The novel Ruth by Elizabeth Gaskell is a novel which deconstructs the values of the Victorian society. In fact this novel devalues the values of this period by bucking the system of Victorian norms and values. This is manifested in the change of Ruth from a naïve to mature girl through her fall. In fact her fall makes her wise. When she dies she is given a funeral which is given to a virtuous woman. Her funeral is a slap on the face of the Victorian ideals of goodness and badness. This tells us that the values should be revised when such a person is not that much bad while she is considered bad. Gaskell devalues the values of Victorian society through her heroine’s migration and her living under a false name to teach us a lesson as to how shaky the Victorian ideas are and should be checked again. In fact, this novel has contributed, though little, to the way a woman like Ruth should be viewed.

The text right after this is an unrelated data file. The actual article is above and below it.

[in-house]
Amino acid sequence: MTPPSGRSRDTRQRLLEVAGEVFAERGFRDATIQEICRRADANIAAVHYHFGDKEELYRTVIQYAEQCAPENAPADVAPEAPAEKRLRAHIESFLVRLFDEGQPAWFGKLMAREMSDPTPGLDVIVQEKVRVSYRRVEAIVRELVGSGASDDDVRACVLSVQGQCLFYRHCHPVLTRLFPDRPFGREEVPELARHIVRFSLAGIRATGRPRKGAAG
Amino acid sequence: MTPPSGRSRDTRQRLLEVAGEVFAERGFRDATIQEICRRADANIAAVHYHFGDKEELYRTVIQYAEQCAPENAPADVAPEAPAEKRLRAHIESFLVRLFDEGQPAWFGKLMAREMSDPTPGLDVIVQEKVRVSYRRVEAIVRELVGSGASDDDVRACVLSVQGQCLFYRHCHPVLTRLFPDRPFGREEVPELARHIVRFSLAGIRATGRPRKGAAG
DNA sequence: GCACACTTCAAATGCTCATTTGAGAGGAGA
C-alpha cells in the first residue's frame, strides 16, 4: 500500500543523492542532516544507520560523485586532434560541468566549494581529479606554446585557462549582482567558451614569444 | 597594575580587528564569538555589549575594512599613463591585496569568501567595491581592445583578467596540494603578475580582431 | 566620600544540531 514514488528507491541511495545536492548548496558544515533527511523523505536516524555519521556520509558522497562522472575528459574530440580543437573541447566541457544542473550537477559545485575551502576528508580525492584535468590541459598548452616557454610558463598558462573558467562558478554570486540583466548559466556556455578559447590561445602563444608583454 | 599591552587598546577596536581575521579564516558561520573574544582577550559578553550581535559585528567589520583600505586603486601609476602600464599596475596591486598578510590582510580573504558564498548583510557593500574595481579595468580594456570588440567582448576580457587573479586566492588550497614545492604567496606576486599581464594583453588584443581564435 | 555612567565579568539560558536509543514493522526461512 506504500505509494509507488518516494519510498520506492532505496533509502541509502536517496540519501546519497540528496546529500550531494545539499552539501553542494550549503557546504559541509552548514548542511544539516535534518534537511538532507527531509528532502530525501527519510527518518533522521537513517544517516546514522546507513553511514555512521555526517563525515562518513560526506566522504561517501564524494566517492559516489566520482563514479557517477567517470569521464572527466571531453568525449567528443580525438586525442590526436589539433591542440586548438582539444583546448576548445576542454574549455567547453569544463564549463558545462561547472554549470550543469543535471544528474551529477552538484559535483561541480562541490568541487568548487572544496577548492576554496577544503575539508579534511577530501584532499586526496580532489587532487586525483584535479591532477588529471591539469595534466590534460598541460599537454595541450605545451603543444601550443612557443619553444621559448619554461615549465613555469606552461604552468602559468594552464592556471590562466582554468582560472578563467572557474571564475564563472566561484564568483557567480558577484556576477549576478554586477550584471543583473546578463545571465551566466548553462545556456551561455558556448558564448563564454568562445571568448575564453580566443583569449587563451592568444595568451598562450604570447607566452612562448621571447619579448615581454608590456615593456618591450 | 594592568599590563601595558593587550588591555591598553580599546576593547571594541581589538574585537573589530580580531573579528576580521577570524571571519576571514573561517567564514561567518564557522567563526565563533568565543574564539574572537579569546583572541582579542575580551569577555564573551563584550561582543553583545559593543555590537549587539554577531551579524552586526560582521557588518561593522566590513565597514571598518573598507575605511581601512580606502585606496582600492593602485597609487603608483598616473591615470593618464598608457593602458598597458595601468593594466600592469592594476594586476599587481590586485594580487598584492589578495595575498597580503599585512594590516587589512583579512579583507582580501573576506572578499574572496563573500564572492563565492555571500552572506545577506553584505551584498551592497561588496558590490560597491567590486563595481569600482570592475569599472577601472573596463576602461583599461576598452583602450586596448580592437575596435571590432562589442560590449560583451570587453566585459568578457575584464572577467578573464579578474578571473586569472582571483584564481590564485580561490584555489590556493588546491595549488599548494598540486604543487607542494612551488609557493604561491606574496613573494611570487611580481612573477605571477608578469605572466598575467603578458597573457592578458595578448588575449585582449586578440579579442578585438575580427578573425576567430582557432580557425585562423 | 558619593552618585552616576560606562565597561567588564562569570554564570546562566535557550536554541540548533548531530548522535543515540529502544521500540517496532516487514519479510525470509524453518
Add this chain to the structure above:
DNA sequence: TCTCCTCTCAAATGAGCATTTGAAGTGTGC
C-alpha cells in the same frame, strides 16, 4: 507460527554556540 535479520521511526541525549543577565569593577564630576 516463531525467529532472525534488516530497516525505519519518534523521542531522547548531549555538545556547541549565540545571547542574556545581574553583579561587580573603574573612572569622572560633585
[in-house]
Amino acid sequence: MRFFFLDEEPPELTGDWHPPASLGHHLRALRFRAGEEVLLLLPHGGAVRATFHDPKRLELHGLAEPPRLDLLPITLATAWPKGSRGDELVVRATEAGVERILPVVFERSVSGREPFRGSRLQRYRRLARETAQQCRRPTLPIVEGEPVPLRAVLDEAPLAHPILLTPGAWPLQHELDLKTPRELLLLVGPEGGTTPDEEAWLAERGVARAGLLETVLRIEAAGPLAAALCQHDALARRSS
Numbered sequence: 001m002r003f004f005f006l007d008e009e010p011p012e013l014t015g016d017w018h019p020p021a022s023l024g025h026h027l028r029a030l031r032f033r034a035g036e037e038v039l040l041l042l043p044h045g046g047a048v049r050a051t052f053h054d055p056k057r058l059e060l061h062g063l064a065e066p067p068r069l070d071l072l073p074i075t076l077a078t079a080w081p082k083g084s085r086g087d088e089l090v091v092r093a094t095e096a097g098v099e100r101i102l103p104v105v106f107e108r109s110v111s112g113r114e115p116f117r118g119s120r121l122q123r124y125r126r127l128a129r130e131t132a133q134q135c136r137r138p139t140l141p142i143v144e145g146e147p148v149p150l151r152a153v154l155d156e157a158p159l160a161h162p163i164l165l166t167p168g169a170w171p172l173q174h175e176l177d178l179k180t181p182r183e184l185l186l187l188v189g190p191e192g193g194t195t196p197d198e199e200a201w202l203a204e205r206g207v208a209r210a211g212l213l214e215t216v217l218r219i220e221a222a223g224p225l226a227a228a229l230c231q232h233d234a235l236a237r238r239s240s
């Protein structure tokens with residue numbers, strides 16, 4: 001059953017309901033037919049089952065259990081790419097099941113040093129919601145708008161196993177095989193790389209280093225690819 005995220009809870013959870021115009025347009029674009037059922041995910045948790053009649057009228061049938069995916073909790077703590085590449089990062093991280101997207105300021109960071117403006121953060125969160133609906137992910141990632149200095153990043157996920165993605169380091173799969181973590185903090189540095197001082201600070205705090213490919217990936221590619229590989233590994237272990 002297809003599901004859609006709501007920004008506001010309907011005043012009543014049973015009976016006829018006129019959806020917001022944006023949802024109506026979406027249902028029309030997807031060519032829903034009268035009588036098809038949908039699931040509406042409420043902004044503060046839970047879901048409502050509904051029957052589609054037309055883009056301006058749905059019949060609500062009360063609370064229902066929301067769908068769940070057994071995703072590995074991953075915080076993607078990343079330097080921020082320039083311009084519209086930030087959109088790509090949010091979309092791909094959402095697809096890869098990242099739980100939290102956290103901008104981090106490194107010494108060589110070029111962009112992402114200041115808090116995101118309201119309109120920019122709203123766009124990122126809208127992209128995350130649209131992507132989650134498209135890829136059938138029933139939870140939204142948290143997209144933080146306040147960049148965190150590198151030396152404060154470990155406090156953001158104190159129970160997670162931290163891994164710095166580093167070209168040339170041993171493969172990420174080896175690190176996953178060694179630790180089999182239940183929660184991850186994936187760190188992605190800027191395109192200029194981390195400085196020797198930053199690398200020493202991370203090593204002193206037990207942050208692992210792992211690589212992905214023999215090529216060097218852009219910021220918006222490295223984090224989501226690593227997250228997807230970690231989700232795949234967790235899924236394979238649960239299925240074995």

International Letters of Social and Humanistic Sciences (Volume 57)
S. Moqari and N. Elahipanah, "Ruth and De-Valuation of the Values of Victorian Period", International Letters of Social and Humanistic Sciences, Vol. 57, pp. 160-165, 2015